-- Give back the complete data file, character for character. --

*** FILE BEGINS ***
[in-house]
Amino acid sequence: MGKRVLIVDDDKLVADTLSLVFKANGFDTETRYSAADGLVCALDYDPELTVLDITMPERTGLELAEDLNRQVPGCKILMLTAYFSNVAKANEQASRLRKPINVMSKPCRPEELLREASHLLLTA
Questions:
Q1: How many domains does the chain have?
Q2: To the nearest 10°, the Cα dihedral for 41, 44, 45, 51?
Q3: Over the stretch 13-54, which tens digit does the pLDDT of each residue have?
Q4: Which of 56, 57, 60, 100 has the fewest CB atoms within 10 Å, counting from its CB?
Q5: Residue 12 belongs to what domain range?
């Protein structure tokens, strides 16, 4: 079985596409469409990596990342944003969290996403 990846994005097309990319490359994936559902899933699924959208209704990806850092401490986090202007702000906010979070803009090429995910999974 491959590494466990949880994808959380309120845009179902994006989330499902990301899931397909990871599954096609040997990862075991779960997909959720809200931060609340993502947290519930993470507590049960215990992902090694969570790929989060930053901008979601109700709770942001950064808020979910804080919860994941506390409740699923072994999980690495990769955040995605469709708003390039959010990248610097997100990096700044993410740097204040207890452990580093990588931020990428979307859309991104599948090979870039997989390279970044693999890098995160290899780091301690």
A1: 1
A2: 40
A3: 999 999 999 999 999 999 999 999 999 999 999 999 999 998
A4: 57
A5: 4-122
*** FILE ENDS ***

[in-house]
Amino acid sequence: MGKRVLIVDDDKLVADTLSLVFKANGFDTETRYSAADGLVCALDYDPELTVLDITMPERTGLELAEDLNRQVPGCKILMLTAYFSNVAKANEQASRLRKPINVMSKPCRPEELLREASHLLLTA
Questions:
Q1: How many domains does the chain have?
Q2: To the nearest 10°, the Cα dihedral for 41, 44, 45, 51?
Q3: Over the stretch 13-54, which tens digit does the pLDDT of each residue have?
Q4: Which of 56, 57, 60, 100 has the fewest CB atoms within 10 Å, counting from its CB?
Q5: Residue 12 belongs to what domain range?
């Protein structure tokens, strides 16, 4: 079985596409469409990596990342944003969290996403 990846994005097309990319490359994936559902899933699924959208209704990806850092401490986090202007702000906010979070803009090429995910999974 491959590494466990949880994808959380309120845009179902994006989330499902990301899931397909990871599954096609040997990862075991779960997909959720809200931060609340993502947290519930993470507590049960215990992902090694969570790929989060930053901008979601109700709770942001950064808020979910804080919860994941506390409740699923072994999980690495990769955040995605469709708003390039959010990248610097997100990096700044993410740097204040207890452990580093990588931020990428979307859309991104599948090979870039997989390279970044693999890098995160290899780091301690």
A1: 1
A2: 40
A3: 999 999 999 999 999 999 999 999 999 999 999 999 999 998
A4: 57
A5: 4-122